Many of our kids have disabilities, and it’s absolutely essential to focus on their abilities, rather than hyper-focusing on their inabilities. That’s easier said than done, of course, but it’s crucial. It helps to have some inspiring stories to keep us motivated and hopeful. Here’s one.
Dr. Temple Grandin did not talk until she was three and a half years old, communicating her frustration instead by screaming, peeping, and humming. In 1950, she was diagnosed with autism and her parents were told she should be institutionalized. She tells her story of “groping her way from the far side of darkness” in her book Emergence: Labeled Autistic, a book which stunned the world because, until its publication, most professionals and parents assumed that an autism diagnosis was virtually a death sentence to achievement or productivity in life.
Dr. Grandin has become a prominent author and speaker on the subject of autism because “I have read enough to know that there are still many parents, and yes, professionals too, who believe that ‘once autistic, always autistic.’ This dictum has meant sad and sorry lives for many children diagnosed, as I was in early life, as autistic. To these people, it is incomprehensible that the characteristics of autism can be modified and controlled. However, I feel strongly that I am living proof that they can” (from Emergence: Labeled Autistic).
Even though she was considered “weird” in her young school years, she eventually found a mentor, who recognized her interests and abilities. Dr. Grandin later developed her talents into a successful career as a livestock-handling equipment designer, one of very few in the world. She has now designed the facilities in which half the cattle are handled in the United States, consulting for firms such as Burger King, McDonald’s, Swift, and others. Dr. Grandin presently works as a Professor of Animal Science at Colorado State University. She also speaks around the world on both autism and cattle handling.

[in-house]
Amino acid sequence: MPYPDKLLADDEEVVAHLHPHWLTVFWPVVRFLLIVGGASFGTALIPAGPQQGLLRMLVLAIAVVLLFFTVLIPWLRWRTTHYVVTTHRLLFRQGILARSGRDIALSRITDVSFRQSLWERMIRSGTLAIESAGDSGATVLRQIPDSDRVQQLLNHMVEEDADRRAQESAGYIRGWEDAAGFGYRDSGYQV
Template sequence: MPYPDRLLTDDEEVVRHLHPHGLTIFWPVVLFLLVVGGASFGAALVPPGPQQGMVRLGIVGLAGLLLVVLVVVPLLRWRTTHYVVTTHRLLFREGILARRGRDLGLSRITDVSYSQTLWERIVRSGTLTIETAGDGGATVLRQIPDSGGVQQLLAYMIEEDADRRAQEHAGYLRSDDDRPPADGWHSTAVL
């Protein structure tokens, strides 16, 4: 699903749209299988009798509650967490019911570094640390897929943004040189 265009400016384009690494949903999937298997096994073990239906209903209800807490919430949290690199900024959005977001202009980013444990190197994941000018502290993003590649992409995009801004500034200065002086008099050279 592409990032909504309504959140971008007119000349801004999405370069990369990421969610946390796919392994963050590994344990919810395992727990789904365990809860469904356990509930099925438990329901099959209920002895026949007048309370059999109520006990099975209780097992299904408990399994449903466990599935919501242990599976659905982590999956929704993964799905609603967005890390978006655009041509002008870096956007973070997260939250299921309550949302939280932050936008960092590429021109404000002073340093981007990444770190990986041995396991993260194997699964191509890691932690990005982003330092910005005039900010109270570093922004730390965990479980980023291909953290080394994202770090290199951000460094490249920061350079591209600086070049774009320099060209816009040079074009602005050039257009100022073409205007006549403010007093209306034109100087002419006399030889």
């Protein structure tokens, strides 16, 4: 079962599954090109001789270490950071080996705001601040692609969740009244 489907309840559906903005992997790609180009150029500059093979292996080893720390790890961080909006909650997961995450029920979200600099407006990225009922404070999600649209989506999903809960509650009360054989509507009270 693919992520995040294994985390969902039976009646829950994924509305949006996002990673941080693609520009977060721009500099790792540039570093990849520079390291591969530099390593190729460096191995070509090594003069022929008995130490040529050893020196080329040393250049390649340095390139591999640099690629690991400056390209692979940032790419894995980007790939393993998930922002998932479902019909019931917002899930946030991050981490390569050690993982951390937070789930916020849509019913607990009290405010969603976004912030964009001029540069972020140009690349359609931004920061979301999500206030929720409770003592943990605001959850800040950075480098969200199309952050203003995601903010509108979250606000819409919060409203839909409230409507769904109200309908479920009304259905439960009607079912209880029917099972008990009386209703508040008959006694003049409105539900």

As part of NPR’s “This I Believe” series, Dr. Grandin explains how autism actually helps her solve problems that others cannot.
“Because I have autism, I live by concrete rules instead of abstract beliefs. And because I have autism, I think in pictures and sounds. I don’t have the ability to process abstract thought the way that you do. Here’s how my brain works: It’s like the search engine Google for images. If you say the word “love” to me, I’ll surf the Internet inside my brain. Then, a series of images pops into my head. What I’ll see, for example, is a picture of a mother horse with a foal, or I think of “Herbie the Lovebug,” scenes from the movie Love Story or the Beatles song, “Love, love, love…”
When I was a child, my parents taught me the difference between good and bad behavior by showing me specific examples. My mother told me that you don’t hit other kids because you would not like it if they hit you. That makes sense. But if my mother told me to be “nice” to someone, it was too vague for me to comprehend. But if she said that being nice meant delivering daffodils to a next-door neighbor, that I could understand.
I built a library of experiences that I could refer to when I was in a new situation. That way, when I confronted something unfamiliar, I could draw on the information in my homemade library and come up with an appropriate way to behave in a new and strange situation.
When I was in my 20s, I thought a lot about the meaning of life. At the time, I was getting started in my career, designing more humane facilities for animals at ranches and slaughterhouses. Many people would think that to even work at a slaughterhouse would be inhumane, but they forget that every human and animal eventually dies. In my mind, I had a picture of a way to make that dying as peaceful as possible.
I believe that doing practical things can make the world a better place. And one of the features of being autistic is that I’m good at synthesizing lots of information and creating systems out of it.
When I was creating my first corral back in the 1970s, I went to 50 different feedlots and ranches in Arizona and Texas and helped them work cattle. In my mind, I cataloged the parts of each facility that worked effectively and assembled them into an ideal new system. I get great satisfaction when a rancher tells me that my corral design helps cattle move through it quietly and easily. When cattle stay calm, it means they are not scared. And that makes me feel I’ve accomplished something important.
Some people might think if I could snap my fingers I’d choose to be “normal.” But I wouldn’t want to give up my ability to see in beautiful, precise pictures. I believe in them.”
(To listen to this in her own words, click here.)